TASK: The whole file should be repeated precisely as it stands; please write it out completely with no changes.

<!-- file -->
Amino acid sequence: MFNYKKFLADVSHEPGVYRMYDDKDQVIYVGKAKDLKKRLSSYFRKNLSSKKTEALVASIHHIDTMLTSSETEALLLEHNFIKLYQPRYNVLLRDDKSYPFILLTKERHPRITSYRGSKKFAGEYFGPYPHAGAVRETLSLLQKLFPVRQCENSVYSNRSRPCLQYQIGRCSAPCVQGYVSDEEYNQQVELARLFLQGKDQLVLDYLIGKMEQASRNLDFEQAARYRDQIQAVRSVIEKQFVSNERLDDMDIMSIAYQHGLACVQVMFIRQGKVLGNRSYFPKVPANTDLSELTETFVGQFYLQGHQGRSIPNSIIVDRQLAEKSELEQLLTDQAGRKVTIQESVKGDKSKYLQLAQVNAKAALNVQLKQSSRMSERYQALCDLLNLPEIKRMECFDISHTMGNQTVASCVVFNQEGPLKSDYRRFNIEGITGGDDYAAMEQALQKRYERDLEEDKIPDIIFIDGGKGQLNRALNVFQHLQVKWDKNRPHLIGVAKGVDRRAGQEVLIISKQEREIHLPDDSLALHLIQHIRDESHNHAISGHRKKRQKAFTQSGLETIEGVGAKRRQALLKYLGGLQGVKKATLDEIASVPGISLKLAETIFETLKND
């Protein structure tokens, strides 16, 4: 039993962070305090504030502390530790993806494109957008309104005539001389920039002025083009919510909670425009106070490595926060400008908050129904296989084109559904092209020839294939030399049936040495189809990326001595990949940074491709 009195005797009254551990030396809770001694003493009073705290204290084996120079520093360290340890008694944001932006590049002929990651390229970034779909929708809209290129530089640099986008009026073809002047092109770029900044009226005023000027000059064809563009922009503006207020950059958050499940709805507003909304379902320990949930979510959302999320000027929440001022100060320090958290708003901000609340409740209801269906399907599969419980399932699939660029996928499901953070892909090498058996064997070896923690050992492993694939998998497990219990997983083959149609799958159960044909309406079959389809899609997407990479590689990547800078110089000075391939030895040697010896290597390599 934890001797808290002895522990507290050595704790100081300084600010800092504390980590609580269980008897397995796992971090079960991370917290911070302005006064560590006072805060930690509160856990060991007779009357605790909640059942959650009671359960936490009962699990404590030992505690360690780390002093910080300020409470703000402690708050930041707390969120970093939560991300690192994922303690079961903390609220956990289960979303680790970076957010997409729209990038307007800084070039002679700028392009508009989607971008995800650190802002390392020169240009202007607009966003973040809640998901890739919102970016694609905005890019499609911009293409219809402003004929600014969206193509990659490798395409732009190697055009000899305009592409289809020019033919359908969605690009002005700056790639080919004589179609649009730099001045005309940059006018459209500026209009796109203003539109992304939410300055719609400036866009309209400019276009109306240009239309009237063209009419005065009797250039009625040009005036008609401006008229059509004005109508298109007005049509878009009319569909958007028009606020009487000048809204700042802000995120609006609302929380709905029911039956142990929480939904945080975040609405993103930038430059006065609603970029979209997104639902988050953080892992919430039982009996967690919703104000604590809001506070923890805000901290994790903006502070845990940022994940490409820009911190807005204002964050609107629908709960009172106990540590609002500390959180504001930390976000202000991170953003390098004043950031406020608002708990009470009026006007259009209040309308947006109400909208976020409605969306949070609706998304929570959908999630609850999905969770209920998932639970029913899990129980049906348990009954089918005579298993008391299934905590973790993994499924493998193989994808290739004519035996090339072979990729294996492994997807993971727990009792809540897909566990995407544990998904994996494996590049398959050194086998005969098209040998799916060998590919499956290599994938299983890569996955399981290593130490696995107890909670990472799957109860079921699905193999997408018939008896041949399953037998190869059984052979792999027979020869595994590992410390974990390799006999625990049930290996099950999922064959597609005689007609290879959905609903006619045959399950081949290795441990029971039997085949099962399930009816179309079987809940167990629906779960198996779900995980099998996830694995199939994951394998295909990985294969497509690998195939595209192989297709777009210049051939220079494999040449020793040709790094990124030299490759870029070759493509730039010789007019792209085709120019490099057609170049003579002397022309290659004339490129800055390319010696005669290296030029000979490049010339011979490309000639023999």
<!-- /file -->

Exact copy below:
Amino acid sequence: MFNYKKFLADVSHEPGVYRMYDDKDQVIYVGKAKDLKKRLSSYFRKNLSSKKTEALVASIHHIDTMLTSSETEALLLEHNFIKLYQPRYNVLLRDDKSYPFILLTKERHPRITSYRGSKKFAGEYFGPYPHAGAVRETLSLLQKLFPVRQCENSVYSNRSRPCLQYQIGRCSAPCVQGYVSDEEYNQQVELARLFLQGKDQLVLDYLIGKMEQASRNLDFEQAARYRDQIQAVRSVIEKQFVSNERLDDMDIMSIAYQHGLACVQVMFIRQGKVLGNRSYFPKVPANTDLSELTETFVGQFYLQGHQGRSIPNSIIVDRQLAEKSELEQLLTDQAGRKVTIQESVKGDKSKYLQLAQVNAKAALNVQLKQSSRMSERYQALCDLLNLPEIKRMECFDISHTMGNQTVASCVVFNQEGPLKSDYRRFNIEGITGGDDYAAMEQALQKRYERDLEEDKIPDIIFIDGGKGQLNRALNVFQHLQVKWDKNRPHLIGVAKGVDRRAGQEVLIISKQEREIHLPDDSLALHLIQHIRDESHNHAISGHRKKRQKAFTQSGLETIEGVGAKRRQALLKYLGGLQGVKKATLDEIASVPGISLKLAETIFETLKND
């Protein structure tokens, strides 16, 4: 039993962070305090504030502390530790993806494109957008309104005539001389920039002025083009919510909670425009106070490595926060400008908050129904296989084109559904092209020839294939030399049936040495189809990326001595990949940074491709 009195005797009254551990030396809770001694003493009073705290204290084996120079520093360290340890008694944001932006590049002929990651390229970034779909929708809209290129530089640099986008009026073809002047092109770029900044009226005023000027000059064809563009922009503006207020950059958050499940709805507003909304379902320990949930979510959302999320000027929440001022100060320090958290708003901000609340409740209801269906399907599969419980399932699939660029996928499901953070892909090498058996064997070896923690050992492993694939998998497990219990997983083959149609799958159960044909309406079959389809899609997407990479590689990547800078110089000075391939030895040697010896290597390599 934890001797808290002895522990507290050595704790100081300084600010800092504390980590609580269980008897397995796992971090079960991370917290911070302005006064560590006072805060930690509160856990060991007779009357605790909640059942959650009671359960936490009962699990404590030992505690360690780390002093910080300020409470703000402690708050930041707390969120970093939560991300690192994922303690079961903390609220956990289960979303680790970076957010997409729209990038307007800084070039002679700028392009508009989607971008995800650190802002390392020169240009202007607009966003973040809640998901890739919102970016694609905005890019499609911009293409219809402003004929600014969206193509990659490798395409732009190697055009000899305009592409289809020019033919359908969605690009002005700056790639080919004589179609649009730099001045005309940059006018459209500026209009796109203003539109992304939410300055719609400036866009309209400019276009109306240009239309009237063209009419005065009797250039009625040009005036008609401006008229059509004005109508298109007005049509878009009319569909958007028009606020009487000048809204700042802000995120609006609302929380709905029911039956142990929480939904945080975040609405993103930038430059006065609603970029979209997104639902988050953080892992919430039982009996967690919703104000604590809001506070923890805000901290994790903006502070845990940022994940490409820009911190807005204002964050609107629908709960009172106990540590609002500390959180504001930390976000202000991170953003390098004043950031406020608002708990009470009026006007259009209040309308947006109400909208976020409605969306949070609706998304929570959908999630609850999905969770209920998932639970029913899990129980049906348990009954089918005579298993008391299934905590973790993994499924493998193989994808290739004519035996090339072979990729294996492994997807993971727990009792809540897909566990995407544990998904994996494996590049398959050194086998005969098209040998799916060998590919499956290599994938299983890569996955399981290593130490696995107890909670990472799957109860079921699905193999997408018939008896041949399953037998190869059984052979792999027979020869595994590992410390974990390799006999625990049930290996099950999922064959597609005689007609290879959905609903006619045959399950081949290795441990029971039997085949099962399930009816179309079987809940167990629906779960198996779900995980099998996830694995199939994951394998295909990985294969497509690998195939595209192989297709777009210049051939220079494999040449020793040709790094990124030299490759870029070759493509730039010789007019792209085709120019490099057609170049003579002397022309290659004339490129800055390319010696005669290296030029000979490049010339011979490309000639023999």